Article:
Alberta siring legend As Promised dies at 24
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"I went to Kentucky and I was just looking at him out of interest as there was a brother to him racing in Alberta, a real nice horse--a half-brother [On To Royalty]," Clark told Standardbred Canada's Trot Insider "He should have brought around $100,000 because he was bred that way. He had a crooked hind leg, kind of a curby-looking hind leg but being around lots of curbed horses and seeing lots of them, I thought he might sell a little cheaper.
"I hung around to watch him sell and I ended up with him for $16,000."
As Promised won nine of 10 races as a freshman and $32,800. The colt came close to dying in California early in his 3-year-old year but recovered to dominate the Alberta circuit with neither sickness or his bad leg being an issue.
"He never took a sore step on it. He actually did pop a curb on it later on, just getting ready for the Nat Christie. He picked the worst time," continued Clark. "That leg never, ever bothered him until just before the Nat Christie, about three weeks before and it bothered him through the Nat Christie because you have to take a little time...they're easily fixed but they take a good month."
When that curb popped just before the Nat Christie, in which As Promised finished seventh, it broke a 10-race win streak. After a third-place finish his next start out, As Promised went on a rampage, winning his next 18 straight starts.
"He was pretty much unbeatable at home here in his good years, he was too good for here," said Hall of Famer Clark. "And he gave me a lot of thrills, he was a great horse and a beautiful horse to drive."
Running out of competition in Western Canada, As Promised was shipped to the Meadowlands where he took his lifetime best 1:50.2 race mark.
"The hock had been X-rayed a few times because I almost sold him when he was down in the Meadowlands, when I sent him down to Ray Remmen," continued Clark. "They vetted him all out but everybody was always scared of that hock which never, ever bothered him."
Perhaps that bad hock was a blessing for Alberta. Clark campaigned As Promised through the age of seven when he retired with 71 wins, multiple stakes titles, and earnings of over $669,000 before retiring to stud duty. Clark stood the horse himself, breeding small books of mares, and then decided to sell him.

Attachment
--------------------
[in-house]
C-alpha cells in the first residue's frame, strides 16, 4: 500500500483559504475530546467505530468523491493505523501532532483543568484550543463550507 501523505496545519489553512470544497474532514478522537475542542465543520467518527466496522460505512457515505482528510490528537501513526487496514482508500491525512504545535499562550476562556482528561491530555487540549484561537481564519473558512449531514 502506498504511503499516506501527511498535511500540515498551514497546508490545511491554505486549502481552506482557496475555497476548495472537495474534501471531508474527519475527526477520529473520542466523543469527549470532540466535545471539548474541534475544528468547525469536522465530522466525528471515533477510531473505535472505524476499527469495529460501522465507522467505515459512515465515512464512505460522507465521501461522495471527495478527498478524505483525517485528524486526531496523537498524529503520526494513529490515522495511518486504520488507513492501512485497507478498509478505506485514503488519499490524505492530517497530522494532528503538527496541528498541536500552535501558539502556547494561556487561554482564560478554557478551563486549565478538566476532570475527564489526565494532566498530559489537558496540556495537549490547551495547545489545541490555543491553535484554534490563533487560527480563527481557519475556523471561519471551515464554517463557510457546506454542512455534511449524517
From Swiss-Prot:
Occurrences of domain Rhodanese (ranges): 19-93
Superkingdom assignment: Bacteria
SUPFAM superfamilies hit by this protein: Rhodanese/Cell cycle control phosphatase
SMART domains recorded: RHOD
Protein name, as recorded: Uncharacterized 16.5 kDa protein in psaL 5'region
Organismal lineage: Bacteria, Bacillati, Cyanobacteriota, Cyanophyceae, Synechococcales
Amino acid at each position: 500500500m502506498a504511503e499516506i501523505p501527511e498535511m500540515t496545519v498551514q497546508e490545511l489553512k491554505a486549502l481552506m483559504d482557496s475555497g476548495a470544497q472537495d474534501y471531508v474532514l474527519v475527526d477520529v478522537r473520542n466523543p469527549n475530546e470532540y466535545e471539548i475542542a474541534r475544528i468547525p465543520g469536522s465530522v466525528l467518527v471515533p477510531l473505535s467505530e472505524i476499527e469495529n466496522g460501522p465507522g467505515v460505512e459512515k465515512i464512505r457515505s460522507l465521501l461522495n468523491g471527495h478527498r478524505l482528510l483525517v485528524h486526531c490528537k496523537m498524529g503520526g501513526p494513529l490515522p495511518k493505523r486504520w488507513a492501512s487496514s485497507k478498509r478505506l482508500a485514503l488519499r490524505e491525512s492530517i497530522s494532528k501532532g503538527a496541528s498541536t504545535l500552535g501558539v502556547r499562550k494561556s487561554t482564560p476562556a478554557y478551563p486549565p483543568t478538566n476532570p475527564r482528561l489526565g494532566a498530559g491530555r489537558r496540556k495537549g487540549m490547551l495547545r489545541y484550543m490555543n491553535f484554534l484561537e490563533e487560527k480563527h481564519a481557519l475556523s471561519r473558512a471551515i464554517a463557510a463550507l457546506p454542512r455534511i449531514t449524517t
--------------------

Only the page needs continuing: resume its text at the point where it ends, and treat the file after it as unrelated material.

"I ended up selling him because he was getting busy as a stud and I just didn't have time for him with racing a ton of horses," said Clark. "He bred and bred, and raised tons of good ones. He was good to me all the way through."
Dr. David Dyrholm's Sky West Farms purchased the stallion in late 2000. In 2003, As Promised was the leading sire of 3-year-olds in North America in the category of average earnings with $71,238. His popularity as a sire propelled him to be Canada's most prolific stallion, breeding 307 mares in 2005 for a North American record.
Some personal highlights for Dyrholm include the seasons he shuttled to Australia for stallion service (breeding over 100 mare per season), the 2006 Canadian Horse Racing Hall Of Fame induction, and the number of times he'd look at entries for an Alberta stakes events and see every horse sired by As Promised.
When asked what made As Promised the Hall Of Fame horse he was, Dryholm noted "his willingness to do whatever was asked of him and his dependability and performance, both in racing and in breeding."
As Promised has sired Alberta's Horse of the Year on multiple occasions, and numerous provincial divisional champions. He was Western Canada's first stallion to produce a Breeders Crown champion with 2000 Aged Pacing Mare winner Rons Girl, also campaigned by Keith Clark. As of publication, As Promised sired 102 $100,000 performers from 735 starters with total progeny earnings in excess of $35 million (Canadian).
Don McNeil bought into As Promised five years ago, and in his limited time connected with As Promised he fully understands the magnitude of his impact on Canadian harness racing.
"As far as I'm concerned, he's the foundation sire for the province of Alberta. He's totally dominated the stakes series, prolific in the number of foals he's produced, " stated McNeil. "He's a world class horse. If he'd been standing in New York or Pennsylvania, he would have been just unbelievable. That's my pride, being involved with an animal with that kind of ability."
While not being connected with the horse directly, Clark clearly has a special place in his heart for As Promised.
"He was the first really well-bred horse that I ever bought, he was the calmest horse ever and just a beautiful horse to be around." (Standardbred Canada)